Modernism, antisemitism and Jewish identity in the writing and publishing of John Rodker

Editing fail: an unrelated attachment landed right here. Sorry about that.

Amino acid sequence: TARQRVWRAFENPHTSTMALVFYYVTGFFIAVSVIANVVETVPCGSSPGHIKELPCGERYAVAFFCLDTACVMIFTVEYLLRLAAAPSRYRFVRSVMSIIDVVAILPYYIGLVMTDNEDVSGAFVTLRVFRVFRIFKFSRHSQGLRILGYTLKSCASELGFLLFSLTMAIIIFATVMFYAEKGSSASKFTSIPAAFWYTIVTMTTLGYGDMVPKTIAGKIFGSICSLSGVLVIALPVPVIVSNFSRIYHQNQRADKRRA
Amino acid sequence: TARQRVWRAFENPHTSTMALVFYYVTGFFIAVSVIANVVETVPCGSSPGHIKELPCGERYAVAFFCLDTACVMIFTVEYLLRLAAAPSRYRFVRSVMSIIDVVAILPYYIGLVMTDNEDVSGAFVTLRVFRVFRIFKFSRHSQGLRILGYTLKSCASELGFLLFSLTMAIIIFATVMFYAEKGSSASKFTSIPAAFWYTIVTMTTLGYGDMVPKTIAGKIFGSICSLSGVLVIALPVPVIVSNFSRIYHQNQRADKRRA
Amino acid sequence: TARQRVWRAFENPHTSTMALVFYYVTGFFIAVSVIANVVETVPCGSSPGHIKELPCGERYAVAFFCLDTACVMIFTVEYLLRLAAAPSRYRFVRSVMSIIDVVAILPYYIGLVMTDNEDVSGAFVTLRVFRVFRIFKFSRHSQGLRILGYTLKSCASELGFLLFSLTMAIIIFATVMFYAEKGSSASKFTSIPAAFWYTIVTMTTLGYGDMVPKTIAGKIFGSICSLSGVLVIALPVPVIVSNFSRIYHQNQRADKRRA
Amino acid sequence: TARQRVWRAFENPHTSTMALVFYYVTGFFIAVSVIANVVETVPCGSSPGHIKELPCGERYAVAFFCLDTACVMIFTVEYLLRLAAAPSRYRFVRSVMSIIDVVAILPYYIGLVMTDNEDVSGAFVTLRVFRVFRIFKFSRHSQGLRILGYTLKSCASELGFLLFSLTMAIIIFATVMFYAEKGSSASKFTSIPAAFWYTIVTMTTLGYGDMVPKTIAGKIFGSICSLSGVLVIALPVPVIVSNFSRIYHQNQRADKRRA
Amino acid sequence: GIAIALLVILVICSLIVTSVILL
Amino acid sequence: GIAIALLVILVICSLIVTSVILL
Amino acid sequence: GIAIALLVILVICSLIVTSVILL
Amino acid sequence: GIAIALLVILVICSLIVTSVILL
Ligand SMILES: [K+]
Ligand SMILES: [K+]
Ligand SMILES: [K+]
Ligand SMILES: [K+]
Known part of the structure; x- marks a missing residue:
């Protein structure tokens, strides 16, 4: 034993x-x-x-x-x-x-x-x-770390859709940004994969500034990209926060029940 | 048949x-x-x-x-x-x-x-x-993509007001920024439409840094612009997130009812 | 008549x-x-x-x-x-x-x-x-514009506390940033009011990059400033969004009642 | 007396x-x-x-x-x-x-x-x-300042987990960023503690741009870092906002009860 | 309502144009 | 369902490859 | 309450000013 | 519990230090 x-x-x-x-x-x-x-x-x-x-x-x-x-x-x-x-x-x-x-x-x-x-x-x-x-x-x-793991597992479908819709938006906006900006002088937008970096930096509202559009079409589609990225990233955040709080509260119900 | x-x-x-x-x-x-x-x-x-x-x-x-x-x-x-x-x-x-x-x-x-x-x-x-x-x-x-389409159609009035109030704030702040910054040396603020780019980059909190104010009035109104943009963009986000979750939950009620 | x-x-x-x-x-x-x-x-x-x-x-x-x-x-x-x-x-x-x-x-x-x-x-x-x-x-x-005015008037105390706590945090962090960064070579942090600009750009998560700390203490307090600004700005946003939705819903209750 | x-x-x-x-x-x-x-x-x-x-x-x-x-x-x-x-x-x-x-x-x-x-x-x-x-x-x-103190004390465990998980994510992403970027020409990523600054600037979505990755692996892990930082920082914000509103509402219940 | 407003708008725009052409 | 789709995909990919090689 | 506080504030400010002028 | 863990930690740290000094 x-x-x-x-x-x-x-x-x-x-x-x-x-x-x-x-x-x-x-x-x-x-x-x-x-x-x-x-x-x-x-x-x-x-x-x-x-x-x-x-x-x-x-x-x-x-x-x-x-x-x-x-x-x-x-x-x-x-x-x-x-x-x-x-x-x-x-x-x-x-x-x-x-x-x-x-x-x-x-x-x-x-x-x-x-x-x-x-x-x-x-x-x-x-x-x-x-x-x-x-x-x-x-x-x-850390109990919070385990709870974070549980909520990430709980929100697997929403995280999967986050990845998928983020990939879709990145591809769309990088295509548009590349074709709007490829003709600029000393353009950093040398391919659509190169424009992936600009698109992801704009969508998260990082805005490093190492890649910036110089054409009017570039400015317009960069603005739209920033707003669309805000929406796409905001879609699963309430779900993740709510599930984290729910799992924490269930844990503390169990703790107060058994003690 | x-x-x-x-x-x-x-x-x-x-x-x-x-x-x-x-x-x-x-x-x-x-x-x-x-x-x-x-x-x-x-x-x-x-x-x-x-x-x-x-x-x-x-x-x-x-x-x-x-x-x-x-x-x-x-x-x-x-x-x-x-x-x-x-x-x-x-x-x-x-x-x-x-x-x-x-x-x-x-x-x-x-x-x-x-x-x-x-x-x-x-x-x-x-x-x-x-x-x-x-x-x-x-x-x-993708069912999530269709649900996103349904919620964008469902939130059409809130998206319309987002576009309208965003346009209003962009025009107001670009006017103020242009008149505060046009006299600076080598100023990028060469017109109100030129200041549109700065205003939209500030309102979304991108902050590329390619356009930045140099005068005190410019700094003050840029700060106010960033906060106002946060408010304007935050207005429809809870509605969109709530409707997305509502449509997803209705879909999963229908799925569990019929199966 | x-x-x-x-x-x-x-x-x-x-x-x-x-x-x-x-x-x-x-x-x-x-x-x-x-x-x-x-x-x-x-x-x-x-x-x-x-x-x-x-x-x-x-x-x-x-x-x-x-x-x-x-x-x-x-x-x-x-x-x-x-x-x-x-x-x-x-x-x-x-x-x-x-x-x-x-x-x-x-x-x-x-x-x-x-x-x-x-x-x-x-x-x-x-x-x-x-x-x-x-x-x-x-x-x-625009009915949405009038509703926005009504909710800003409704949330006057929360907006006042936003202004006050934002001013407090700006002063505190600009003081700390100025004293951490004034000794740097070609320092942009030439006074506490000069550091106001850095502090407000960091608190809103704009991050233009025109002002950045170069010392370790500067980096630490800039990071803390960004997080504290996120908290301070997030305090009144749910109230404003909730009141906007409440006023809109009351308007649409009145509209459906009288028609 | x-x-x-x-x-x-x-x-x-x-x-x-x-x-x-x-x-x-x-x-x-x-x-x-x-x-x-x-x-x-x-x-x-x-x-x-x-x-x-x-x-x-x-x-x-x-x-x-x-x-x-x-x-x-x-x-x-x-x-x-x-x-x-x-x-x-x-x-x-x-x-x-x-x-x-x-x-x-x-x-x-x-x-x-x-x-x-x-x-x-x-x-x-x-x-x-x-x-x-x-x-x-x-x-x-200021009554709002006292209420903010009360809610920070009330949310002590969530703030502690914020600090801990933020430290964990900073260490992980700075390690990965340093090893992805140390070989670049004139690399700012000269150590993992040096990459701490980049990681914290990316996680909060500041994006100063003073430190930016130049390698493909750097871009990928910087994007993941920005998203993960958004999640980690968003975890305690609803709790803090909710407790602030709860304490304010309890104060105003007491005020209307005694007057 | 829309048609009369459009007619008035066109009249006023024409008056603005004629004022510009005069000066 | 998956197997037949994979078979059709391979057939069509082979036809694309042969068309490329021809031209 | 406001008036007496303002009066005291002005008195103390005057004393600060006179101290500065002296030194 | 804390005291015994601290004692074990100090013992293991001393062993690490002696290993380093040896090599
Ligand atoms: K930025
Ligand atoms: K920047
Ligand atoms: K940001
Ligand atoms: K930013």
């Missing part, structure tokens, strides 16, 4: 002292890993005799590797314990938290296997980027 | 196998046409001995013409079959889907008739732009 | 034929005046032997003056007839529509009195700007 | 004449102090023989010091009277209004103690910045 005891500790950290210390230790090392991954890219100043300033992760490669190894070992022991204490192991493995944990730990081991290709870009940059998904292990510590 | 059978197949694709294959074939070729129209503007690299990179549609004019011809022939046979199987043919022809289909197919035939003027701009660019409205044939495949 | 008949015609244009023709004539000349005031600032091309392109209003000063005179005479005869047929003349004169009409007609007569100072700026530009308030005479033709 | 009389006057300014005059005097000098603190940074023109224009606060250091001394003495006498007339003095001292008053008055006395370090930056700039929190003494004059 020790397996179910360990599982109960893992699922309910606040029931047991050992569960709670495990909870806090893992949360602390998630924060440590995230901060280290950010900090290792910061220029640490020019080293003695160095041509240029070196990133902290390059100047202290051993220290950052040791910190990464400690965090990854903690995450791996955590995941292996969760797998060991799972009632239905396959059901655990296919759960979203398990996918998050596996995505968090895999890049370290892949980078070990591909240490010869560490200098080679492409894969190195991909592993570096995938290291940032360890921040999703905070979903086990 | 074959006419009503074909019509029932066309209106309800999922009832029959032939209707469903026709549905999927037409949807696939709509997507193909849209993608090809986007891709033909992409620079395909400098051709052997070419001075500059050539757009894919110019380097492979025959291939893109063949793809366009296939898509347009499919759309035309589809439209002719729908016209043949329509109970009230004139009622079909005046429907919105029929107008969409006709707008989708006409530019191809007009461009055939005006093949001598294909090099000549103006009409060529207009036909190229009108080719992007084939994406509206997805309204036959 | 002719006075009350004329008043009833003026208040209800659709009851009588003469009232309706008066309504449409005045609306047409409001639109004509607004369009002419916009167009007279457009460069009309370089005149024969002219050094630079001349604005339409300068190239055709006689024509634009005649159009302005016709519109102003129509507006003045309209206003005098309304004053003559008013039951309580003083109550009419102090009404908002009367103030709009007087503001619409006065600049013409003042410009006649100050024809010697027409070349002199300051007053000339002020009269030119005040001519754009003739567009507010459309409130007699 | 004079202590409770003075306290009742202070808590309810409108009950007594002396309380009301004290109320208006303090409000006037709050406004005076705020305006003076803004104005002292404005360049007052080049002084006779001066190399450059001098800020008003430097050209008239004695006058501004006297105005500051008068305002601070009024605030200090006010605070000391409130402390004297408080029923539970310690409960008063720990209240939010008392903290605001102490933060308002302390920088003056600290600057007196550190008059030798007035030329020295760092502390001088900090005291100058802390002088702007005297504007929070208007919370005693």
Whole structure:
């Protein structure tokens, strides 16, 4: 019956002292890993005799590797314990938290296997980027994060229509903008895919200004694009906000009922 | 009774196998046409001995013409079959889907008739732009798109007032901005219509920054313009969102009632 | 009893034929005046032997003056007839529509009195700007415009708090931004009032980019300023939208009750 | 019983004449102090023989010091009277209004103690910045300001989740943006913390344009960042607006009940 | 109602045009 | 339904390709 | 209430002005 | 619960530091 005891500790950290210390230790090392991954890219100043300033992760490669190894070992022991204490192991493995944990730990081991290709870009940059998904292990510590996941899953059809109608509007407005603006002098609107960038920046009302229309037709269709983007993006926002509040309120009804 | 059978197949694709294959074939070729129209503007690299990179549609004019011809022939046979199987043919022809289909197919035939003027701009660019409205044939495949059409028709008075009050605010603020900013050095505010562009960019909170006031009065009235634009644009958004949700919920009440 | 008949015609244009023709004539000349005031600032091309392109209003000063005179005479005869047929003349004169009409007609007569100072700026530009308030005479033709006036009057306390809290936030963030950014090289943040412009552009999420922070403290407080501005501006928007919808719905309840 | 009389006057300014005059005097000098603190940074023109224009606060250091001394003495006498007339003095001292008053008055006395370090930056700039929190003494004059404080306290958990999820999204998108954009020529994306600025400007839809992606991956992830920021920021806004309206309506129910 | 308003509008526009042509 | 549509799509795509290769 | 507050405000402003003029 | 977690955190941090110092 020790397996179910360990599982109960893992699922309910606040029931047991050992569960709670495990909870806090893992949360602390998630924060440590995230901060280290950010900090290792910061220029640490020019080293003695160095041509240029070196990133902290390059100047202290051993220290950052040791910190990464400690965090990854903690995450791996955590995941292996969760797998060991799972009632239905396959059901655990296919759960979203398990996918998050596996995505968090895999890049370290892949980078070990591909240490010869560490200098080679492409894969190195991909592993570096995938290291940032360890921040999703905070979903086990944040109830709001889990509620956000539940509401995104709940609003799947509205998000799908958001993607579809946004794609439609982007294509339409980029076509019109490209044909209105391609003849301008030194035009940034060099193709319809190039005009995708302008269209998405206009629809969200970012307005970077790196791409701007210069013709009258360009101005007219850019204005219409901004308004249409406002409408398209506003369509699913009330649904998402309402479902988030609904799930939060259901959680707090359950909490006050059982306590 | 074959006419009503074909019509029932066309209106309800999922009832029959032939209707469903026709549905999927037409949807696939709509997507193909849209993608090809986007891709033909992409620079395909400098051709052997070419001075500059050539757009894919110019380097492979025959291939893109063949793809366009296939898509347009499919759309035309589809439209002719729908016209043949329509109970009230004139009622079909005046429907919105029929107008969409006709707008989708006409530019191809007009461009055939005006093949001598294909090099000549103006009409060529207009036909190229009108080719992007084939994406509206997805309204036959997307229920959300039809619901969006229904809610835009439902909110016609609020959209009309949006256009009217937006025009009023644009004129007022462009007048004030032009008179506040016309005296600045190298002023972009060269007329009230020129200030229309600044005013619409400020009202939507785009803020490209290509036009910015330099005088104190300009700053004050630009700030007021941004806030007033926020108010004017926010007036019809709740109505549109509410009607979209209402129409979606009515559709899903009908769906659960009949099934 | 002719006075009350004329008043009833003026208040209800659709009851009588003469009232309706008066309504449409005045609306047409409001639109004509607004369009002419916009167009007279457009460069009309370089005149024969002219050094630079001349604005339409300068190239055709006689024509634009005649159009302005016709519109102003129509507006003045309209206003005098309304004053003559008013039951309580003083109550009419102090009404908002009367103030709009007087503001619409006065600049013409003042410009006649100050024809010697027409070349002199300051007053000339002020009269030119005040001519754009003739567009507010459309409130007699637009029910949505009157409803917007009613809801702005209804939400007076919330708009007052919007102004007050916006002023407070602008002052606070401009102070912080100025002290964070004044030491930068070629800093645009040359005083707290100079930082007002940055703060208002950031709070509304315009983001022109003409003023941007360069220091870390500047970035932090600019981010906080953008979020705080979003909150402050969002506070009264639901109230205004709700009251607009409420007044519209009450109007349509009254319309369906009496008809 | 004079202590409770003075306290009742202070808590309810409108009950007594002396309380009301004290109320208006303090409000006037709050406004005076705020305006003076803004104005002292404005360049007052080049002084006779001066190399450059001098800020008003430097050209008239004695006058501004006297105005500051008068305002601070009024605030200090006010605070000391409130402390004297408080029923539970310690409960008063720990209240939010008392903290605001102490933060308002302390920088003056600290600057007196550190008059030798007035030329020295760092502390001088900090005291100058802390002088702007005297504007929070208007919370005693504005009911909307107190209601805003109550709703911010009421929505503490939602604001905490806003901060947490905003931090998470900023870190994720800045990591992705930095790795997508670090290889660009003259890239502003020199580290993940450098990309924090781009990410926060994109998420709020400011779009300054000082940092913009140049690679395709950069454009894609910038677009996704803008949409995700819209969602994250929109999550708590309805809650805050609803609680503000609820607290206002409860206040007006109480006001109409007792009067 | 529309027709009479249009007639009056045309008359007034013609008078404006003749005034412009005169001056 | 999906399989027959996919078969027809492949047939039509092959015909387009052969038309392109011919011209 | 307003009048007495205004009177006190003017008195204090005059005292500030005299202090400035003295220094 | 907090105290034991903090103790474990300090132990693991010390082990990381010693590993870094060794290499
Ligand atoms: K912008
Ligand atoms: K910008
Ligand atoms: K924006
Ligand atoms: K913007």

This thesis examines the relationship between the English Jewish writer and publisher John Rodker and the modernism of the Pound circle. Previous considerations of the antisemitism of Ezra Pound and T. S. Eliot have either ignored or cited in their defence their Jewish friends and acquaintances. This thesis shows that the modernist interest in the figure of `the Jew' took effect not only in their poetry and social commentary but also in the social grouping which they formed in order to produce and circulate this writing. Rodker was both a necessary figure to Pound's theory and practice of modernism, but one who had to be kept on the margins. This resulted in his being able to articulate certain aspects of his experience as an assimilated Jew-loss, disconnection, feeling out of place place-while excluding any other possible aspects, including naming himself as Jewish. Chapter 1 shows that Pound and Eliot's antisemitic statements and poetry functioned as part of the formation of the `men of 1914', and as a means of shocking their audience through a poetry of ugliness. Chapter 2 considers a printing error in Rodker's Ovid Press edition of Hugh Selwyn Mauberley (1920), and reads it as a sign of Pound's failure to carry out his social and poetic project, a failure which he blamed on Jews, but, because this failure was inevitable, part of the task for carrying the project out was assigned to Jews. Chapter 3 reads Rodker's volume of poetry Hymns (1920), and traces how his marginal position within modernism resulted in a poetry which did not directly address Jewish issues, but was affected by his Jewish social position. Chapter 4 considers Rodker and two other Jewish writers, Carl Rakosi and Louis Zukofsky, who Pound published in The Exile (1927- 28), showing that Pound's interest in these writers was combined with an unease with them that played out in editorial decisions and means of framing their work. Chapter 5 examines Rodker's Memoirs of Other Fronts (1932). His selfdescriptions of himself as a foreigner are shown to be still influenced by the Pound circle's ideas of Jews, but also reworked through his increasing interest in psychoanalysis.